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Jay Cutler: ‘Not everybody’s bought in’ to Marc Trestman

Updated: July 25, 2013 10:00PM



Bears quarterback Jay Cutler was unfazed by general manager Phil Emery’s pronouncement that he would not negotiate contract extensions for any players during the 2013 season. Cutler is in the final year of a five-year, $50 million contract he signed in 2009.

‘‘That’s fine with me,’’ Cutler said upon arriving at Bears training camp at Olivet Nazarene University in Bourbonnais early Wednesday evening. ‘‘I haven’t really talked about any of my contracts in my career and I’m not really going to start now. We’ll play it out, and however it’s supposed to go, it’s going to work out.’’

The decision by Emery could work in Cutler’s favor if he has a big season under first-year head coach Marc Trestman, who, like Cutler’s first NFL head coach, Mike Shanahan, is an offense-oriented coach. The Ravens’ Joe Flacco parlayed a Super Bowl season into a six-year, $120 million contract. Cutler, 30, could be in that ballpark if he leads the Bears to a Super Bowl.

‘‘There’s some big contracts going around, so if you win and produce, you’re going to get paid,’’ Cutler said.

Cutler is one of several Bears regulars who will play the 2013 season on the final year of his contract. Charles Tillman, Tim Jennings, Devin Hester, Robbie Gould, Henry Melton (who was given the franchise tag), Major Wright, Corey Wootton and Roberto Garza are among the others.

‘‘New coaches, there’s a lot of things happening. There’s a lot of change,’’ Cutler said. ‘‘It doesn’t really matter what year you are in your contract I don’t think, you gotta still go out and prove yourself. You’ve got to play each and every week. You’ve got to be consistent and you’ve got to sustain that the whole season. Nothing’s really changed on that part.’’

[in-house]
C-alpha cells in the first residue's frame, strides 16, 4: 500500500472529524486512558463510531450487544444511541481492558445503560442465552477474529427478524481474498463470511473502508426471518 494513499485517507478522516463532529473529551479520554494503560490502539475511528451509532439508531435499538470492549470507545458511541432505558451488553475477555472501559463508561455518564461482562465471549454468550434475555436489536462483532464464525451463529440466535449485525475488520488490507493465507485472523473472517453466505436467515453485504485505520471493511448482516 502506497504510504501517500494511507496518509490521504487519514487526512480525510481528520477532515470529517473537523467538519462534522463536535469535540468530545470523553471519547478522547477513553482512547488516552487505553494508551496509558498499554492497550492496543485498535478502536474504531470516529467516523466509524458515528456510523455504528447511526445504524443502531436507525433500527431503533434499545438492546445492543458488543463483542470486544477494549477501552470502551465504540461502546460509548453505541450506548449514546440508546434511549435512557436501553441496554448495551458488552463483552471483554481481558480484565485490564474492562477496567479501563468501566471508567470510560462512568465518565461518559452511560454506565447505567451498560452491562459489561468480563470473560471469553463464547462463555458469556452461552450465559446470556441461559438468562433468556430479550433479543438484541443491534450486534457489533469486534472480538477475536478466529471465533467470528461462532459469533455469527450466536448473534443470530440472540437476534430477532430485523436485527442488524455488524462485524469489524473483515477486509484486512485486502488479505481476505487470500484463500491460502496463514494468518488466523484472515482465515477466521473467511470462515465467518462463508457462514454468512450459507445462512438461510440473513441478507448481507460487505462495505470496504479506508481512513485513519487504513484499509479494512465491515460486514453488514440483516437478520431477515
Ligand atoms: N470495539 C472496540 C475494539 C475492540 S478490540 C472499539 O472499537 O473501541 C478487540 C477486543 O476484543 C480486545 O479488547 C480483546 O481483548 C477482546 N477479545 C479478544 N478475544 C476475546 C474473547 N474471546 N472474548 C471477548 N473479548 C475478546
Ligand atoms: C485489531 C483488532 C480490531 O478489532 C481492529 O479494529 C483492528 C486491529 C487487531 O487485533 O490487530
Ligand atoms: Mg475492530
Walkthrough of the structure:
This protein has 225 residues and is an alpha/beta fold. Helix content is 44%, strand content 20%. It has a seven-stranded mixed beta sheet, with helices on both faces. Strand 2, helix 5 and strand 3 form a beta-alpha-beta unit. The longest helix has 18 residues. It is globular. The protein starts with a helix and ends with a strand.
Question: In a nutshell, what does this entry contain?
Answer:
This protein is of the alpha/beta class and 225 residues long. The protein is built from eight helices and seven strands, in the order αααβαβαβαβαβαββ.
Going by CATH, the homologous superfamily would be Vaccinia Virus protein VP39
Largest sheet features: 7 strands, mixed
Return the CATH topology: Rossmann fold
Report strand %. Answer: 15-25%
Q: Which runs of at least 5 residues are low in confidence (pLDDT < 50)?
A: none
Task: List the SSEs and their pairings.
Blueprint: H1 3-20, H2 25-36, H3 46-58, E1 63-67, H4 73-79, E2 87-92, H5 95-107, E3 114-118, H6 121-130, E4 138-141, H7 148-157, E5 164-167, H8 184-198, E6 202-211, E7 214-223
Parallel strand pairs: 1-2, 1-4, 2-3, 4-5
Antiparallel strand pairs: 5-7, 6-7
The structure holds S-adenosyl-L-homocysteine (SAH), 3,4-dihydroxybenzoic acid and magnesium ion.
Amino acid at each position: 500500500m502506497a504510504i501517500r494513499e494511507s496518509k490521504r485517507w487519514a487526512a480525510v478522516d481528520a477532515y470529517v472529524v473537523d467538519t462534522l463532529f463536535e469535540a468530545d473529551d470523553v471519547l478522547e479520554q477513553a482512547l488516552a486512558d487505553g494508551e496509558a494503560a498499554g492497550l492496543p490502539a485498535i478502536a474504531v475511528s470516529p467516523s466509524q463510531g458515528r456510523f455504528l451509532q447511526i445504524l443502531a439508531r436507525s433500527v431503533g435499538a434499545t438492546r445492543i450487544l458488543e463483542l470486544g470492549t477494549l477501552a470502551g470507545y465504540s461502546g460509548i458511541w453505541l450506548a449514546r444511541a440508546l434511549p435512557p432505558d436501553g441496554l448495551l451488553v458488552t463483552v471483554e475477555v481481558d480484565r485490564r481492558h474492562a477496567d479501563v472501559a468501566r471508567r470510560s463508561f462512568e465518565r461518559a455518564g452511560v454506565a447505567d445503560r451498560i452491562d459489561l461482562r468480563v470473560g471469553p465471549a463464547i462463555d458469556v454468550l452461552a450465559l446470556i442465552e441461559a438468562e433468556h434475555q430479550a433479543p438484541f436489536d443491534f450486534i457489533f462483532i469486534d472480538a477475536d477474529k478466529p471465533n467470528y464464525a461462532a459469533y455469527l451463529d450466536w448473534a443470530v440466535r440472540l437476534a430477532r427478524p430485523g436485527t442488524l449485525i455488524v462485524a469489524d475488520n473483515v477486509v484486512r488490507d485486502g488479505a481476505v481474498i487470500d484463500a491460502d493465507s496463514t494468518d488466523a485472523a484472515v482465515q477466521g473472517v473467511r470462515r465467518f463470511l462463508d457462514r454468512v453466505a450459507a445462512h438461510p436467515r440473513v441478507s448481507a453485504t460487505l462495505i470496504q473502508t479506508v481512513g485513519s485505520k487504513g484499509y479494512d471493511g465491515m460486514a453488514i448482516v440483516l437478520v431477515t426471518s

While Trestman’s offense is expected to cater to Cutler’s strengths, this is the fourth offensive coordinator he has played for in the last five seasons. Cutler already is on record as saying it takes three years to learn this offense. But he might not have that much time. But he is confident he and his teammates can ‘‘grind it out’’ under Trestman.

“Just have to forget all the other systems and learn this one, so it takes time,’’ Cutler said. ‘‘I think we had a good minicamp, good OTAs. Guys were working hard at it, just not in the building, but outside the building. You could tell a lot they were studying at night. Just have to continue that over. We have a little bit more time on our hands now with meeting times with the new schedule. We just have to grind it out.”

The Bears are coming off a 10-6 season, so the playoffs are a legitimate goal.

“I think there’s pressure before every season,’’ Cutler said. ‘‘Everyone feels good about the spot they’re in with the start of the year. Obviously, with a new coach there’s a lot to learn on our part. But there’s a lot of room to be positive and to think we’re going to have a good season.”

Cutler praised Trestman, but acknowledged that ‘‘not everybody’’ has bought in to his system.

‘‘He’s got high expectations,’’ Cutler said. ‘‘He’s very smart. He knows offense, defense. He knows the direction he want to go into. I think with him being in the NFL for so long and being out of the NFL, when he got back in he got his chance he definitely wanted to do it his way and head in a direction he thought was right. Guys are buying in. Not everybody’s bought in, but that’s OK. We still have a lot of time. Hopefully by the time the first game rolls around, we’ve got everyone on the same page.’’

On the other hand, Cutler has run so many offenses in his seven-year NFL career, this one is not unfamiliar to him, which could make the transition easier.

‘‘They all have some similarities here and there,’’ Cutler said. ‘‘This is a little more West Coast of Bill Walsh. He [Trestman] was with Mike Shanahan for a little bit, so there are some similarities there. It’s good stuff. He knows what he’s doing offensively. It’s proven over many years that he can move the ball offensively. We just have to get everyone else on his level.’’



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